I did the same as David and I’ve got to say I feel the opposite. That race was memorable for many reasons – to name a few

    - first night race
    - alonso win (albeit dubious)
    - massa!!!
    - Rosberg’s ability to take clear a drive through and finish 2nd

    Basically had Piquet not shunted we’d have been treated to a procession that Massa would have probably won. It probably wouldn’t have been any more exciting than Valencia.

    So, David, I put it to you that for your STG3,000 – or whatever it was you shelled out you saw one of the most dramatic races of the year. What’s wrong with that????

    Unless there is rain am willing to bet that this year’s race will be another procession as like Valencia there is nowhere to overtake

    • Nitpicker said on 19th September 2009, 19:10

      Maybe David is a bit short of STG at the moment and is angling for a refund?

    • David A said on 19th September 2009, 23:13

      I doubt a night race could even be run in the rain.

    • Its annoying coming away feeling like what you witnessed was real and then finding out it was false. Not the same, but I felt cheated having watched Hamilton win in Belgium last year, only to find out in the coach on the way back that Massa had won.

  7. I don’t really get this hype that it is impossible to overtake in Singapore – it is harder to do it for sure but we saw more overtaking then in Monaco this year for example.

  8. Bigbadderboom said on 19th September 2009, 15:33

    All publicity is good publicity? Probably true unless taken to the extreme.
    It’s even better for Singapore as they have no guilty association to the “Bad” aspect but benefit from all the “publicity”, even better for them they are almost a victim. Brilliant for Singapore, spread out in print all over the world. Anybody that doesn’t know there is now a F1 night race there must be living under a rock.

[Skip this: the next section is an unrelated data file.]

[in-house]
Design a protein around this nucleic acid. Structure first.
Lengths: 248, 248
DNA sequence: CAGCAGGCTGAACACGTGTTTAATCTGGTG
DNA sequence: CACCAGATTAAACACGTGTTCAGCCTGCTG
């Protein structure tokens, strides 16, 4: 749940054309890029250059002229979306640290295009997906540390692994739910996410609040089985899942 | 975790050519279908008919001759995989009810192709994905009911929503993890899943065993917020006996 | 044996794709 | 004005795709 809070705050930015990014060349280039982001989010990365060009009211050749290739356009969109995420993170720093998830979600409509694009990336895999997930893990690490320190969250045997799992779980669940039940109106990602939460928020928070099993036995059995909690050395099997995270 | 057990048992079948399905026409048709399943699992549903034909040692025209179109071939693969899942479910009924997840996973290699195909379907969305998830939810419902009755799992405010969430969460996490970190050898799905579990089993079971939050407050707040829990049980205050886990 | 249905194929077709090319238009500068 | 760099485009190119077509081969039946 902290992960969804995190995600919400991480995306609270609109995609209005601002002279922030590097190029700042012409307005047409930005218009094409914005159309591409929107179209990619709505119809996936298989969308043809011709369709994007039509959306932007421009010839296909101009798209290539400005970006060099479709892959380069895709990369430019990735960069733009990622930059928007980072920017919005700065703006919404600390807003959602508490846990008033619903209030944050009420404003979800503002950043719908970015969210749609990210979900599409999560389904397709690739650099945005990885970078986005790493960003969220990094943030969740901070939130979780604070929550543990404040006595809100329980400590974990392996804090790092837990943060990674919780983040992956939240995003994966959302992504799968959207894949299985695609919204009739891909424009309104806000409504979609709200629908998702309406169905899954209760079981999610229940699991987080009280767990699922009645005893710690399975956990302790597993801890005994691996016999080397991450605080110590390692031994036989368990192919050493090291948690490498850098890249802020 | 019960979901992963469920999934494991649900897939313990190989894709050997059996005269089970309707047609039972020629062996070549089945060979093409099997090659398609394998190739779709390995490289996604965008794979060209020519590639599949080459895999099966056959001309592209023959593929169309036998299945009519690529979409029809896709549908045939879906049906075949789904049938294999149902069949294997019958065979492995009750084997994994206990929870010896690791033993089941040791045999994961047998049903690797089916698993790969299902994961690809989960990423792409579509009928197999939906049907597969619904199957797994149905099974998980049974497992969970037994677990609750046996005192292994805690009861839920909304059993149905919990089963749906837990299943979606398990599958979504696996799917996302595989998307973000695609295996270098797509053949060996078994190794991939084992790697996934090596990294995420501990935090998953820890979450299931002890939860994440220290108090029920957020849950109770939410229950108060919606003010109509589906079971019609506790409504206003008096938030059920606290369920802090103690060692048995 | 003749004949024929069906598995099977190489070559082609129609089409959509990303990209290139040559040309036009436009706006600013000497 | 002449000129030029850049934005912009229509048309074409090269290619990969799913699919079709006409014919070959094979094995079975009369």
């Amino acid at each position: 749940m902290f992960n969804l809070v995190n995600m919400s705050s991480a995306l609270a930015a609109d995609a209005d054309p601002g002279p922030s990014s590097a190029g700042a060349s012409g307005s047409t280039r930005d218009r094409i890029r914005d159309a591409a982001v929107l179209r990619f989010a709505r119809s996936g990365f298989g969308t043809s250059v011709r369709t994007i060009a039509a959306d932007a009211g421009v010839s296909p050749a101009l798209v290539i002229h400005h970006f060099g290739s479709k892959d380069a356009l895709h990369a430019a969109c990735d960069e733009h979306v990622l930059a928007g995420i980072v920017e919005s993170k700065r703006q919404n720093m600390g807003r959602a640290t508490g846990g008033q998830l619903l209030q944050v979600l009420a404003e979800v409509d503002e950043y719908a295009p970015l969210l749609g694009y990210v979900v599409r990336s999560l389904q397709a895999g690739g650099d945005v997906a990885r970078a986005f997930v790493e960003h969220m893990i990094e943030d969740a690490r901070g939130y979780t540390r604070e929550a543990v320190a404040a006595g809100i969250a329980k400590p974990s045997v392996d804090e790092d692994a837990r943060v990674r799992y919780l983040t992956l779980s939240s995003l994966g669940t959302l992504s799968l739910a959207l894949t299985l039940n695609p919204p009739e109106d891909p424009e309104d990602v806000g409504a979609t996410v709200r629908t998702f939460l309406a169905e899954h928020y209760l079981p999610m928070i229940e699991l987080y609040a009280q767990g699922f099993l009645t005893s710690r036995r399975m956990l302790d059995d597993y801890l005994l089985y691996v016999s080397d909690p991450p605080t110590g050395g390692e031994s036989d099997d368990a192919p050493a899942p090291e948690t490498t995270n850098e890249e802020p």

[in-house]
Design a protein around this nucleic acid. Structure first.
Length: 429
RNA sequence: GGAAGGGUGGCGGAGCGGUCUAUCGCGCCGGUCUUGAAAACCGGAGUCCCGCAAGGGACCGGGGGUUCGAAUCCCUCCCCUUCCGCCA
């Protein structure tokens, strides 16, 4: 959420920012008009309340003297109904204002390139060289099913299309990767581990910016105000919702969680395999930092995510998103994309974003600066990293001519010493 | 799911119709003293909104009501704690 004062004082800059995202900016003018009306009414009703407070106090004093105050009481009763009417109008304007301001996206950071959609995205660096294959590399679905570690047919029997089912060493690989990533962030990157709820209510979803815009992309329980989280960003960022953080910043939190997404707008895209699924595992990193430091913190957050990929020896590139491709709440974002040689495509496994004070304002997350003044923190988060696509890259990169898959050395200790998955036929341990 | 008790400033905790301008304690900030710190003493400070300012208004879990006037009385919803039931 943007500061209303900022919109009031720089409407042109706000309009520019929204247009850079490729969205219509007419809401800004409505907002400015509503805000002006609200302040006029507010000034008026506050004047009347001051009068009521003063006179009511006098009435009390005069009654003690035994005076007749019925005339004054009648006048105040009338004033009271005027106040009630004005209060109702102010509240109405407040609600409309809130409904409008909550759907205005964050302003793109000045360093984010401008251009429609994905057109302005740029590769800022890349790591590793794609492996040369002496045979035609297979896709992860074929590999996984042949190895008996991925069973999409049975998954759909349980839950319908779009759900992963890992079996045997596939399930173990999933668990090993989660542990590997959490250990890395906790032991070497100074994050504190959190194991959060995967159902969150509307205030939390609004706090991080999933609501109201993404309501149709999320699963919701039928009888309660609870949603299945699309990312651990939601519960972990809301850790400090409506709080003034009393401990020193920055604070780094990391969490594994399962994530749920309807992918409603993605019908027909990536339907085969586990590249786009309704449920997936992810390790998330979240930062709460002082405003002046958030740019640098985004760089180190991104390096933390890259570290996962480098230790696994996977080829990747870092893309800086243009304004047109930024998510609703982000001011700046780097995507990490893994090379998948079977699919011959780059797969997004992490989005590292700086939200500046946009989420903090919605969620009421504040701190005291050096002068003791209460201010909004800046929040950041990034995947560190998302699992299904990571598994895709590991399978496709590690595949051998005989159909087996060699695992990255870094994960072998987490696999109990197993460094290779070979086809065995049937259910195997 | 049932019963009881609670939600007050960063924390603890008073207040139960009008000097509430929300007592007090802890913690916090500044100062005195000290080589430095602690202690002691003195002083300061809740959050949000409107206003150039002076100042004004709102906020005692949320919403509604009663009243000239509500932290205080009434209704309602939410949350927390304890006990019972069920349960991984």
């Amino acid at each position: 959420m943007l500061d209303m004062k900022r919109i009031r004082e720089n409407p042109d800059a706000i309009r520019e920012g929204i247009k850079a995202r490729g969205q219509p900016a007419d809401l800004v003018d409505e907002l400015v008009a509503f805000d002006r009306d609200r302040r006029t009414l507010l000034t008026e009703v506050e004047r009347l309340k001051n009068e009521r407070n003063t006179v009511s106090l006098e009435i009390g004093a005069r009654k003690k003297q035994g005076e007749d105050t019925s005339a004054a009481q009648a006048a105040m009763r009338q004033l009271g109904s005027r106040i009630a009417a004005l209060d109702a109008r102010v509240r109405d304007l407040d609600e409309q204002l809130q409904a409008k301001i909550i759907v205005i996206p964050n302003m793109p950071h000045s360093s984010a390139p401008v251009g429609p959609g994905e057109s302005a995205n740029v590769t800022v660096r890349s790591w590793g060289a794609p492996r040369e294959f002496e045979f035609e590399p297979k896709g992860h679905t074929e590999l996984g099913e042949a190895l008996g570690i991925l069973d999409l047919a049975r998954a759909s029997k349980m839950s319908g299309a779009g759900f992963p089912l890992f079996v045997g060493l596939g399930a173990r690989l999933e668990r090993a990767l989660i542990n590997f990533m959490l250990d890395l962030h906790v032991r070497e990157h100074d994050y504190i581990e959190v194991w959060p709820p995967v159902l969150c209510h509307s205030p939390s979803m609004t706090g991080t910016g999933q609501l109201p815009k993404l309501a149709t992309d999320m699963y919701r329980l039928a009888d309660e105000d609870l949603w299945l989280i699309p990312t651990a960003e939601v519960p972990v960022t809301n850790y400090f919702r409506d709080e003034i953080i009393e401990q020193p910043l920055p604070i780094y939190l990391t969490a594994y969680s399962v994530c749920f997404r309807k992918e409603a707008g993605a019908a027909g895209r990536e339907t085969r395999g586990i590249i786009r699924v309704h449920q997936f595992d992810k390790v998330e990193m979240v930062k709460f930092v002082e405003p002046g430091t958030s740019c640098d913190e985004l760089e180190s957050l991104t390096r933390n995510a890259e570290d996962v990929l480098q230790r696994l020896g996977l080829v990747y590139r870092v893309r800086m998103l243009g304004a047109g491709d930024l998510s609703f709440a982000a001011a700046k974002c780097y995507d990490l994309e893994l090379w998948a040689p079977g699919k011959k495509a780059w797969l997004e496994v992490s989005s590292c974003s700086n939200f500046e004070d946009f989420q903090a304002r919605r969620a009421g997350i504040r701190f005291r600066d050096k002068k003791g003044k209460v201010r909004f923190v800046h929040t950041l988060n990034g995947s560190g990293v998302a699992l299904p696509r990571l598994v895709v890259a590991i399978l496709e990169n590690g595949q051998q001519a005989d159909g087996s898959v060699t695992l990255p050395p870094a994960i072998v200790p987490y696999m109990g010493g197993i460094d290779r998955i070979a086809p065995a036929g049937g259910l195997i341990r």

But there must be a limit to the amount of bad publicity a sport can get before the public turn off and sponsors start leaving.

    The only thing that suffers is integrity after a while, many of us have questioned potentail “manufactured” results, and wondered if what we are seeing is as transparent as we may believe. But curiosity is still growing around F1. Perhaps the sport needs to under-go this evolution and take the opportunity to cleanse itself and make itself more transparent, but this must not be done by sterilising the sport and getting rid of all the characters, part of F1′s attraction is the characters both good and not so good.
    Eddie Irvine said this week “alls fair in war and f1″ and I think we all accept that historically. But going forward F1 must become more honest to the fans.